Review by Daniel Blackaby August 19, 2022
Beast (Christian Movie Review)￼
Verdict: A competently made thriller with just enough bite to make up for the lack of meat on the bone.
About The Movie
We are now into the dog days of the movie season, but the lion is still king of the jungle. Beast is perhaps the last notable theatrical movie release of the summer, as things look as barren as the Sahara Desert until the Fall. While it may not end the summer with a roar, Beast succeeds in providing more than a whimper.
The premise is simple: man v. lion. A single father (Idris Elba), grieving the death of his ex-wife, takes his two daughters on an Africa safari. Circumstances go amiss, and they find themselves relentlessly hunted by a rogue lion. The film’s trailer hinted at the possibility of deeper or more mysterious plots, or potential twists to throw audiences off the scent. Nope. Beast never aspires to be more than it is, which is a simple man versus nature, survival story. The narrative unfolds as expected without lot of surprises (with scenes early on forecasting where the story will go). The film is also played straight, electing not to lean into any silly, over-the-top pulp entertainment as many similar movies have (don’t expect to see Elba body-slamming the lion or delivering Arnold Schwarzenegger one-liners, “What’s wrong? Cat got your tongue?”).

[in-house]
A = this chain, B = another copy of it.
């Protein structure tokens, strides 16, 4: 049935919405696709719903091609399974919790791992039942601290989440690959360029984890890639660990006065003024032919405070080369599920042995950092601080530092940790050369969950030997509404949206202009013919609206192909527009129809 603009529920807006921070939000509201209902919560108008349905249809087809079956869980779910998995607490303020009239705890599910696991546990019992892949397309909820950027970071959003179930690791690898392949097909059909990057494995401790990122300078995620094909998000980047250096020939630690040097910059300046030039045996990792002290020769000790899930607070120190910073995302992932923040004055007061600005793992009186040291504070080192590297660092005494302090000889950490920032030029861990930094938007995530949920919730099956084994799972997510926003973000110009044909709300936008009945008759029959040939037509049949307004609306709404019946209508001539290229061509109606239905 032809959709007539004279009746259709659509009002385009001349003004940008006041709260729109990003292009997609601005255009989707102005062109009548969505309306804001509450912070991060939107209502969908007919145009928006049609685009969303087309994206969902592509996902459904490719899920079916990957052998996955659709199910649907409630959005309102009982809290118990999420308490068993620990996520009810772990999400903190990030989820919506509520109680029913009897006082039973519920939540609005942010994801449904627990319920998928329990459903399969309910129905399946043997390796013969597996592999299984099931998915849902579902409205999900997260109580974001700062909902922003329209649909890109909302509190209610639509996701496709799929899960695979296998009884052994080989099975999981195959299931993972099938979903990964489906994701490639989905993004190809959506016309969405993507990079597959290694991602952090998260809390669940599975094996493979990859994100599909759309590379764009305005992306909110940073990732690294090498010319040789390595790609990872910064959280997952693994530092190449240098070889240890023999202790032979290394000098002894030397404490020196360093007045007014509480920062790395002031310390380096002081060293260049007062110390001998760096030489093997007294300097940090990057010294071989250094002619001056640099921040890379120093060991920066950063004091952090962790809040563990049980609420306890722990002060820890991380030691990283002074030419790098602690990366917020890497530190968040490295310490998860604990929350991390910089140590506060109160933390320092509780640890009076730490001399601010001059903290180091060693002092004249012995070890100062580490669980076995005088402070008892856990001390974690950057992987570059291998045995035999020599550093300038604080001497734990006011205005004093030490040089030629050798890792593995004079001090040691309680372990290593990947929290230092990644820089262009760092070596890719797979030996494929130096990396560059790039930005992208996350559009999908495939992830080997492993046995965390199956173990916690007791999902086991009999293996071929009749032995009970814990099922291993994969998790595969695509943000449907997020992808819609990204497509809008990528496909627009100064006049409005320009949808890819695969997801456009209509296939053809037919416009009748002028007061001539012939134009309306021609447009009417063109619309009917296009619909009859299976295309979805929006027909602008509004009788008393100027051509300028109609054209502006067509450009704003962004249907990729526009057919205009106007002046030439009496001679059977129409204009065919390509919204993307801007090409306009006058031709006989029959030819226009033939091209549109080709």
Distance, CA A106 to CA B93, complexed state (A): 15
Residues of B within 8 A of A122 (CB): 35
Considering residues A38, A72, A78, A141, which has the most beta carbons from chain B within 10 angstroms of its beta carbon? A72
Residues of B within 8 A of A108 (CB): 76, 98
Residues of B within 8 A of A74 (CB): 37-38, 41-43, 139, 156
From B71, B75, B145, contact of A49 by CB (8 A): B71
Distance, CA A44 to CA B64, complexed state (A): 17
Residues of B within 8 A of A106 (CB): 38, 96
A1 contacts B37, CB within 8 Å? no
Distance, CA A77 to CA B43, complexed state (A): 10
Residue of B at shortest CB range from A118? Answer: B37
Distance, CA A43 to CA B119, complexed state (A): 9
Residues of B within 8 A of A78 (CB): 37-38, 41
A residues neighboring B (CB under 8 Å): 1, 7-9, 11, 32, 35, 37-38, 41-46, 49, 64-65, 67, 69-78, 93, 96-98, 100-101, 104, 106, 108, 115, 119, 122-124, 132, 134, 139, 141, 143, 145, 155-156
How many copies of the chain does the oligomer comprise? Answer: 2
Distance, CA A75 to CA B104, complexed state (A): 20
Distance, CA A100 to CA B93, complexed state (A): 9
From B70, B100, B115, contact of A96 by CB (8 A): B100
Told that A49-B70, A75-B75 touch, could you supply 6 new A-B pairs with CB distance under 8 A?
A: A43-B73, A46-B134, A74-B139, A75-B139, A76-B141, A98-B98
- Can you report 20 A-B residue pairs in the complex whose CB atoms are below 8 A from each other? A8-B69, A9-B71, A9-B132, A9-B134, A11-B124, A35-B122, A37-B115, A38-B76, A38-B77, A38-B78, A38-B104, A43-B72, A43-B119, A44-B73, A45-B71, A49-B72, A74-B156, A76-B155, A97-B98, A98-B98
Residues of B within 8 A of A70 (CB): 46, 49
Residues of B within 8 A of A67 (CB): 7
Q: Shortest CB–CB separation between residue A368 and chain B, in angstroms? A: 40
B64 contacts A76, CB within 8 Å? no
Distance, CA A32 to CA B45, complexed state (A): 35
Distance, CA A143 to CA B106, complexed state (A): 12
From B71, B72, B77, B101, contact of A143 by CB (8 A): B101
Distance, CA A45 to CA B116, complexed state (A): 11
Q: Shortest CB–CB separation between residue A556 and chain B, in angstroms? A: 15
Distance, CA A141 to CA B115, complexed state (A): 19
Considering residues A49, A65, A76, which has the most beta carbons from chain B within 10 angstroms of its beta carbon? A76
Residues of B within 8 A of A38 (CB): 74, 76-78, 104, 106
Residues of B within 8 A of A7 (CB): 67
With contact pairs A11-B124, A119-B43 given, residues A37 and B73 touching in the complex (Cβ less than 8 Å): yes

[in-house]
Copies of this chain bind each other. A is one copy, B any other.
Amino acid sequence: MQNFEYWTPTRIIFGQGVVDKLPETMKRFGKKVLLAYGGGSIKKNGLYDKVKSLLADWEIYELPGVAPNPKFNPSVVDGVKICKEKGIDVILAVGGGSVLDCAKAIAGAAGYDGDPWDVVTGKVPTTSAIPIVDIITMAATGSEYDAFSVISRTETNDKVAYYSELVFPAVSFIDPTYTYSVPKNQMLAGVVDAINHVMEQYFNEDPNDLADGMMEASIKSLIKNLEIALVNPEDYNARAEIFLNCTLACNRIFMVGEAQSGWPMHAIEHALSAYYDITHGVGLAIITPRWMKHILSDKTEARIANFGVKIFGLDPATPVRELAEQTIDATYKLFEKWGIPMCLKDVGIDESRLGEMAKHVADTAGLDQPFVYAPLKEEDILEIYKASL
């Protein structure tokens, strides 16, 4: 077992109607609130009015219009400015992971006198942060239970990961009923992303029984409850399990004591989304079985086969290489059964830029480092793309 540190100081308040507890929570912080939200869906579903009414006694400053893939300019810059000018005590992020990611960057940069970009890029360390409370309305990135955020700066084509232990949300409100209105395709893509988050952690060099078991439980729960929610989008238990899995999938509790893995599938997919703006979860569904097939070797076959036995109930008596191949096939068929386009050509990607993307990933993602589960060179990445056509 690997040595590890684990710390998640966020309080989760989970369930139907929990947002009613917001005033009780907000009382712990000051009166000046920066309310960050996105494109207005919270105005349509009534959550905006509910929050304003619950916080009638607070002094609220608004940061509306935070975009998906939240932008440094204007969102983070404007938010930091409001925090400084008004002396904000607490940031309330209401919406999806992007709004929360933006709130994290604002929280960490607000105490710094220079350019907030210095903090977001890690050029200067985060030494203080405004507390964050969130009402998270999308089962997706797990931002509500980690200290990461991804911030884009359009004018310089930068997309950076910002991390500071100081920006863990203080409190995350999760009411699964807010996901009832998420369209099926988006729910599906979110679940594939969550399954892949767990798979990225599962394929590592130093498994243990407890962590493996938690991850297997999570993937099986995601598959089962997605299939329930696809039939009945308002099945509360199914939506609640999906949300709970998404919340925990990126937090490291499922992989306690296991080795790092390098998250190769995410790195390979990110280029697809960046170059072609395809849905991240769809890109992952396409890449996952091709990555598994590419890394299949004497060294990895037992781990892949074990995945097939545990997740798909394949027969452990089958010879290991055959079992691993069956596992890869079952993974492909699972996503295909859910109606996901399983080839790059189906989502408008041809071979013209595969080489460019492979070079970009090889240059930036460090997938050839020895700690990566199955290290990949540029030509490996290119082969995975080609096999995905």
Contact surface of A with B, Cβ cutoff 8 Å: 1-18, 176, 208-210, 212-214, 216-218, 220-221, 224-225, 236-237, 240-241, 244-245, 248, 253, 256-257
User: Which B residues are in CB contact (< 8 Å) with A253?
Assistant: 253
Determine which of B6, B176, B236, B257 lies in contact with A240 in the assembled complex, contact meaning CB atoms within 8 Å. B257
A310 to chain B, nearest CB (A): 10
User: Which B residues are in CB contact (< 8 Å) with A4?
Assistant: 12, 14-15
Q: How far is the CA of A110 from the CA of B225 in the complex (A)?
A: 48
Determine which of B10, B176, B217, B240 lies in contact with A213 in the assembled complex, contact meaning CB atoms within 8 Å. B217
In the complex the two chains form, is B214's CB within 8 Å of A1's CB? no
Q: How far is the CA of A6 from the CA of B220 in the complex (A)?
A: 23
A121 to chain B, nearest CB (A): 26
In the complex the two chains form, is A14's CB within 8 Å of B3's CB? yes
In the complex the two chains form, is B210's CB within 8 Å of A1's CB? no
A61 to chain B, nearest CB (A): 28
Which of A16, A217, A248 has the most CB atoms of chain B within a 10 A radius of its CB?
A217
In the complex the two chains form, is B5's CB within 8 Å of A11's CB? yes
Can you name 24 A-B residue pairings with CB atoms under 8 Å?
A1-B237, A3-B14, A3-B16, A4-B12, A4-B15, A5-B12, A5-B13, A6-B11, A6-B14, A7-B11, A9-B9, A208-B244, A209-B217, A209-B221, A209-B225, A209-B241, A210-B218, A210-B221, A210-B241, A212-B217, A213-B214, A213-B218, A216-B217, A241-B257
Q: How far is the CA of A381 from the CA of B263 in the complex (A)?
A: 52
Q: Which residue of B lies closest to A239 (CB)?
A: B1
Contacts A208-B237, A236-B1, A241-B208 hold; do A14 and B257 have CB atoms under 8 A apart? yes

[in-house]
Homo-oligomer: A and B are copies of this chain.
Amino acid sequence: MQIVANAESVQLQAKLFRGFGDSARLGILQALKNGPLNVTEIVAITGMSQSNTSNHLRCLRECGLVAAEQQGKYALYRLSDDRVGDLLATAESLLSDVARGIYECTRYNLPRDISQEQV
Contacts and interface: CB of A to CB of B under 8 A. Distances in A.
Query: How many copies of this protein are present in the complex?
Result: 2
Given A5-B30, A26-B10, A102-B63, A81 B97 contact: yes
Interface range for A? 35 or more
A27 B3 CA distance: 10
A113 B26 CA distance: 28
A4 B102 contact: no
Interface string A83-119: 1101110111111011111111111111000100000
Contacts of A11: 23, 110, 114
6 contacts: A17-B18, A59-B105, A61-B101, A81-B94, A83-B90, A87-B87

Beast is a B-movie that was not dropped into the elephant graveyard of the movie year without reason. Yet, quality execution and craftsmanship elevate it far higher than might be expected. It’s a B-movie, but everyone involved is bringing their A-game. Director Baktasar Kormákur steers the film with earnestness, showcasing gorgeous cinematography and framing the action in such a way that immerses the viewer into the thrilling moments (including several long, tracking shots that are excellent). The lion is obviously a digital creation but is impressive and it looks real enough not to be a distraction.
Another factor bumping Beast further up the food chain is Idris Elba. It is a bit odd to see an actor of Elba’s caliber in a movie like this, but the film is the better for it. He gives a grounded performance as a grieving single dad. The actresses portraying the two daughters hold their own as well, even if the youngest seems strangly upbeat given the dire circumstances.
In the end, despite some uncertainty in the beginning, Beast slowly won me over by the end. With a runtime that comes in at just over 1:30, it is lean enough to not overstay its welcome to stretch its simplistic plot too far. It may not be a great film, nor will it be particularly memorable, but it is the best version of itself. Given the lack of other available films, perhaps that’s all it needs to be.
On the Surface
Profanity: At least 1 s—, 1 H—, and multiple uses of the Lord’s name in vain (“OMG”, “J‚ C—“). I’ve read that there may also be 1-2 F-words, but I did not catch them myself.